a person riding a motorcycle in front of a building: Miya Muqi in a scene from Vanguard, which stars Jackie Chan. The Chinese actress’ fearless performances have drawn comparisons with Michelle Yeoh.


Miya Muqi in a scene from Vanguard, which stars Jackie Chan. The Chinese actress’ fearless performances have drawn comparisons with Michelle Yeoh.

Chinese martial arts actress Miya Muqi has been compared to action star Michelle Yeoh Choo-kheng for refusing to use a body double when performing stunts.

In fact, the professional yoga instructor even has a habit of picking up new sports when preparing for a new movie. For her recent film Vanguard, in which she co-starred alongside Jackie Chan, Muqi spent three years learning jiu-jitsu, mixed martial arts, free diving, parachuting, motor-biking and racing.

“I need to start from scratch as my forte is in yoga, which is soft in nature,” the 33-year-old tells the Post. “Martial skills need strength, balance and explosive force. My foundation in yoga helps me grasp the skills quickly.”

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The new sports training did not stop after she finished shooting for the film. In October, she got her Professional Association of Diving Instructors advanced freediver certificate, and she remains a student of accomplished American racer Steve Saleen.

“Doing these sports give me a unique sense of excitement,” Muqi explains. “When my adrenaline shoots up, I feel a big sense of achievement having conquered another sport.

“In free-diving, for example, you have to overcome the lack of oxygen and water pressure to dive to the deepest place (you can reach). At the deepest recesses, there’s an extreme tranquillity where the only sound you can hear is your own heartbeat. I love this feeling of absolute quietude under water. These moments are very good for self-reflection and reminding myself of the importance of self-composure.”

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Before making her film debut in 2014’s Tomb Robber, Muqi first attracted public attention for her yoga education work. Despite her rising fame, yoga remains a big passion of hers.

In 2017, while attending a yoga gathering of 10,000 people in Wuxi, in China’s Jiangsu province, she was appointed China yoga ambassador by Prakash Gupta, consul general of India’s consulate in Shanghai. In particular, she says she wants to promote “kung fu yoga”.

“I want to fight in a cool and different way from others,” says Muqi, who helped design several

action scenes in Vanguard by incorporating martial arts and yoga.



a person posing for the camera: Muqi is not only a talented actress but an accomplished yoga instructor too. Photo: Handout


© Provided by South China Morning Post
Muqi is not only a talented actress but an accomplished yoga instructor too. Photo: Handout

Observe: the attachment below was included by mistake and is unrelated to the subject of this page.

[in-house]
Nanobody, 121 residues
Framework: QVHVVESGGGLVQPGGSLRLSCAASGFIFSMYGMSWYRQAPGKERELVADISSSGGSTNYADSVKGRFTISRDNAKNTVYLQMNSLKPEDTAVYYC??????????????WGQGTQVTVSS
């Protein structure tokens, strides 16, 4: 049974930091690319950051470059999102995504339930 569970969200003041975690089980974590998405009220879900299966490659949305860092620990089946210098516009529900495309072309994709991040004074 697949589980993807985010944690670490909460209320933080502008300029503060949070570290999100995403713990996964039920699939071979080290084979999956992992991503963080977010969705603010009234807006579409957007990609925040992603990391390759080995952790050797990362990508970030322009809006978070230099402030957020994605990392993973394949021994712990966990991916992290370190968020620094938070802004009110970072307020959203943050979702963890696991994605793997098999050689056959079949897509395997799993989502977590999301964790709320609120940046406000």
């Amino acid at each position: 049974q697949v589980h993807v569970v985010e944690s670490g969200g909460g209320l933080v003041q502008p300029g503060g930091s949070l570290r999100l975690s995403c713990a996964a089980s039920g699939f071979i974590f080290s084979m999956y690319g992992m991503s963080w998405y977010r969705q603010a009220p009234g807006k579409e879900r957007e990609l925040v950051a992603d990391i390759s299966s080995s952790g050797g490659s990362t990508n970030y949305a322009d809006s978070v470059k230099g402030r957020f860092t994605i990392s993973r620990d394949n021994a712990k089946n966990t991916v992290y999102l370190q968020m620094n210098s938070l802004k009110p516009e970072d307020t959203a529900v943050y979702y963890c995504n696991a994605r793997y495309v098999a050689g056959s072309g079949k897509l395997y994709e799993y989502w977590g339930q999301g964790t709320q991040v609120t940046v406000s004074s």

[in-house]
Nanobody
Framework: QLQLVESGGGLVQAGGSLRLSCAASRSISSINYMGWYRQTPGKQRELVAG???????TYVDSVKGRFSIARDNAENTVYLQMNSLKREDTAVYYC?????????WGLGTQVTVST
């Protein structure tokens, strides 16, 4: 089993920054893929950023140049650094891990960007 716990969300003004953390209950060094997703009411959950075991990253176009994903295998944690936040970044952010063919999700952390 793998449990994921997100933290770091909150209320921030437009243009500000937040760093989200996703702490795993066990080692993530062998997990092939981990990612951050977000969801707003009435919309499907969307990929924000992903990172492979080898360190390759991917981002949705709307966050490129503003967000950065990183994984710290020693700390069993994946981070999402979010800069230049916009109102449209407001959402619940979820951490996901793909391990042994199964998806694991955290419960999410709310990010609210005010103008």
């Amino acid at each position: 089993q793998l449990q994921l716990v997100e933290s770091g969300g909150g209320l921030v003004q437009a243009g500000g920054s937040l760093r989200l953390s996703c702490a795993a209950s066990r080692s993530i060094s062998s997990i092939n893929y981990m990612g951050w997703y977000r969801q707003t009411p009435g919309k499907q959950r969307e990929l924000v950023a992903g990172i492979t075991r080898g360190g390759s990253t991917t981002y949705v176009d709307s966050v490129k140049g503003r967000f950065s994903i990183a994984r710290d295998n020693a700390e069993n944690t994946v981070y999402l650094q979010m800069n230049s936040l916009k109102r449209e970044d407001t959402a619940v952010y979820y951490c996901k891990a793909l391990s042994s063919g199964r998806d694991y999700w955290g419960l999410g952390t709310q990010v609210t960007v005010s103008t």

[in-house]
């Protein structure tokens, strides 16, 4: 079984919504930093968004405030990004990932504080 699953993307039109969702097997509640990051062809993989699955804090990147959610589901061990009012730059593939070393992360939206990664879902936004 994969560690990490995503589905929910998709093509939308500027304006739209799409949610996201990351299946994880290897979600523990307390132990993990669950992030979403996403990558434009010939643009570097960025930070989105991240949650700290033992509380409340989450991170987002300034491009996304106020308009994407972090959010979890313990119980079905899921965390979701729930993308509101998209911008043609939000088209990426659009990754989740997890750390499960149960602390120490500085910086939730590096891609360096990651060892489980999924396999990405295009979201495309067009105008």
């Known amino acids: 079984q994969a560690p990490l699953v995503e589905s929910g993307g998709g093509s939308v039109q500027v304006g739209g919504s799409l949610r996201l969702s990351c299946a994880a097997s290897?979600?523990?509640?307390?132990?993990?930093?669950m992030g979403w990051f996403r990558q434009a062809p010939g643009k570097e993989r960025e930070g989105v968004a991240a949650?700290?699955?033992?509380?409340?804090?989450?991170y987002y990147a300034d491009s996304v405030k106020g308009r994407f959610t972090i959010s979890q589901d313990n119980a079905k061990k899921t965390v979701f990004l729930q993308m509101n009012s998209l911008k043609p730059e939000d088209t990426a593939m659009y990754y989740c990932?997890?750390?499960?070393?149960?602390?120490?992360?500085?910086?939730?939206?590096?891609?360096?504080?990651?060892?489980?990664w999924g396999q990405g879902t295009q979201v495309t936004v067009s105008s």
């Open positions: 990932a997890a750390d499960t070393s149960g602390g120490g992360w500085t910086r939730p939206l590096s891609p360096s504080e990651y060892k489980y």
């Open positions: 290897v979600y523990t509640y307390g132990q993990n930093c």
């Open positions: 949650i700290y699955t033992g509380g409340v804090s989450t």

Jackie Chan standing in front of a building talking on a cell phone: Chan and Muqi in a scene from Vanguard. Photo: Handout


© Provided by South China Morning Post
Chan and Muqi in a scene from Vanguard. Photo: Handout

Muqi’s lithe physique and sexy persona in another 2017 Jackie Chan vehicle, Kung Fu Yoga, earned her legions of male fans. Stanley Tong kwai-lai, who directed both Kung Fu Yoga and Vanguard, has said he sees traces of Michelle Yeoh in Muqi.

“Her performances compare to Yeoh’s in Police Story 3 (1992), which made a big splash then,” he said of the actress.



a person sitting in a car: Muqi (front) and Yang Jianping get ready for action in Vanguard.


© Provided by South China Morning Post
Muqi (front) and Yang Jianping get ready for action in Vanguard.

Muqi, who comes from the Yi ethnic minority in Yunnan province, sees Scarlett Johansson as her role model. “She looks, acts and fights so well when she’s playing Black Widow (in Marvel’s The Avengers series),” she says.

“I still have much to learn from Yeoh,” she adds. “I have collaborated with Jackie Chan twice. His mantra is that the audience will only be won over if the actors go all out. As an action star, with the exception of (life-threatening injuries), other wounds and pain are trivial. That’s why I do all the stunts and high-wire acts myself.”

In spite of her steely persona, Muqi says she actually feels a lot of fear when performing stunts. “Especially the wire-flying acts where I have to do somersaults mid-air,” she says.



Disha Patani, Amyra Dastur posing for the camera: Chan (left) and Muqi (right) in Kung Fu Yoga (2017). Photo: Handout


© Provided by South China Morning Post
Chan (left) and Muqi (right) in Kung Fu Yoga (2017). Photo: Handout

“My serene exterior belies my deep inner fear. The repetitive practising day after day can be dull. One time, I completed a whole day’s training and packed my bags to leave. I dropped my phone on the ground. I was so exhausted that I did not want the phone any more as even bending over to pick it up was too much for me. To relax, I like eating hotpot as a reward.”

For her latest challenge, Muqi says she is learning swordplay and is about to receive military training and get more knowledge of military themes.

“I will undergo formal military training with a corps. I also want to brush up on my parachuting skills. I have to complete 200 take-offs and touchdowns to advance to another level. But I am too busy with work now. My parachute is gathering dust, but I want to get some intensive training for it when I get time,” she says.



a woman standing on a boat posing for the camera: Yoga instructor Muqi shows her flexibility. Photo: Handout


© Provided by South China Morning Post
Yoga instructor Muqi shows her flexibility. Photo: Handout

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This article originally appeared on the South China Morning Post (www.scmp.com), the leading news media reporting on China and Asia.

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